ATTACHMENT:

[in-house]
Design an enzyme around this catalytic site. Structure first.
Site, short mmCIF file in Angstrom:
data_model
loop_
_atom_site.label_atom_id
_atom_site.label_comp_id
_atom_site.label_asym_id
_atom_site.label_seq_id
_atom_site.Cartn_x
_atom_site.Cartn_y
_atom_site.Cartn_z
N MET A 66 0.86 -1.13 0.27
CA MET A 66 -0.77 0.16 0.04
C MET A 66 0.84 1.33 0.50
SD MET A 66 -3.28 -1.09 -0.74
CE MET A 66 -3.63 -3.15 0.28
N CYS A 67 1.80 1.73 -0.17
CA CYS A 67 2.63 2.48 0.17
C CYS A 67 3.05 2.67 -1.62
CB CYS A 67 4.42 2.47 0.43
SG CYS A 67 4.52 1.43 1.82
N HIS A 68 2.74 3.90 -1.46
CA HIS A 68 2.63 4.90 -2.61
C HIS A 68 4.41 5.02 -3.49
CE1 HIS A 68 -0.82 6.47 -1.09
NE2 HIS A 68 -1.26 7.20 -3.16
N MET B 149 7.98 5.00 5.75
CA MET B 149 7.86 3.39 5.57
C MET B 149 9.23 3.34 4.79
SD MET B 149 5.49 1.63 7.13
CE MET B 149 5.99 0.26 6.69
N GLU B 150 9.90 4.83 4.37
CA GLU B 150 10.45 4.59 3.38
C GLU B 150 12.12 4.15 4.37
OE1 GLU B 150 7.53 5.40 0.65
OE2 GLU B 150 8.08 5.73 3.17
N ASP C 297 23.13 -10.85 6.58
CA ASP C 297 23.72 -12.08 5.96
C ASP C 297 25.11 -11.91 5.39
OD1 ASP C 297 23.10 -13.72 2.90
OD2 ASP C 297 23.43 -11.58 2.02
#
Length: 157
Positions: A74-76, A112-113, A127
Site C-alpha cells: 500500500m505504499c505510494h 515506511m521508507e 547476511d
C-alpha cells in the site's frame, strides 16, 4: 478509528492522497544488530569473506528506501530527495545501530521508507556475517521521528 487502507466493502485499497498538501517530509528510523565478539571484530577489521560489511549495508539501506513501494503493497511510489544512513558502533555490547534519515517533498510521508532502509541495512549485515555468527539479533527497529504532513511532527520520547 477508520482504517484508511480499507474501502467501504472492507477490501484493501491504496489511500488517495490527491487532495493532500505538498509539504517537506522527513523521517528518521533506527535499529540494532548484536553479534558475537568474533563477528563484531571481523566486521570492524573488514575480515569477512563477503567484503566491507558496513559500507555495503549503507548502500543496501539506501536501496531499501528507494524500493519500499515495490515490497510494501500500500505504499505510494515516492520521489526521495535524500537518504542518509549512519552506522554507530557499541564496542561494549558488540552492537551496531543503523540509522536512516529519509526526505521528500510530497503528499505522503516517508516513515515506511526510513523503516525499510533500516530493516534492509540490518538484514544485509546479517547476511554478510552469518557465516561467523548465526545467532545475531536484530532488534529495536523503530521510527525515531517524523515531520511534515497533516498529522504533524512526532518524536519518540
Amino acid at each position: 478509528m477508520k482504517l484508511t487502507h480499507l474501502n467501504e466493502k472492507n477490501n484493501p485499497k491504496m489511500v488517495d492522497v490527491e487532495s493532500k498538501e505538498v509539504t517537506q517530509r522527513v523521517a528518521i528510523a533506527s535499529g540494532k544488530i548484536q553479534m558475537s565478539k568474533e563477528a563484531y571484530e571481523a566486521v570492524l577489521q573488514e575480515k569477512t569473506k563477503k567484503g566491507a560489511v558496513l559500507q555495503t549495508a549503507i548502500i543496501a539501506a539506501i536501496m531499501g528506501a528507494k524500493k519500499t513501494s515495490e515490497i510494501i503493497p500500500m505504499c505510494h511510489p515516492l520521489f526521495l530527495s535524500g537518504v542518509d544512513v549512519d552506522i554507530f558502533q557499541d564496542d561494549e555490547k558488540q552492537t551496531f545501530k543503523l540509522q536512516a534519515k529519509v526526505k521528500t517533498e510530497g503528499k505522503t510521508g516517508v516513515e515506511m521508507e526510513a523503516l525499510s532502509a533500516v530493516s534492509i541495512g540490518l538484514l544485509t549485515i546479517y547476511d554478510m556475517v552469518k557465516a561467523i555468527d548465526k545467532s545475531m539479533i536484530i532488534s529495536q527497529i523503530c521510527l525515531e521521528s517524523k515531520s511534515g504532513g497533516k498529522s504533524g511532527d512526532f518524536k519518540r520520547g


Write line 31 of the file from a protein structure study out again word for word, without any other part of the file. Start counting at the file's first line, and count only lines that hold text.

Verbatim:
SD MET B 149 5.49 1.63 7.13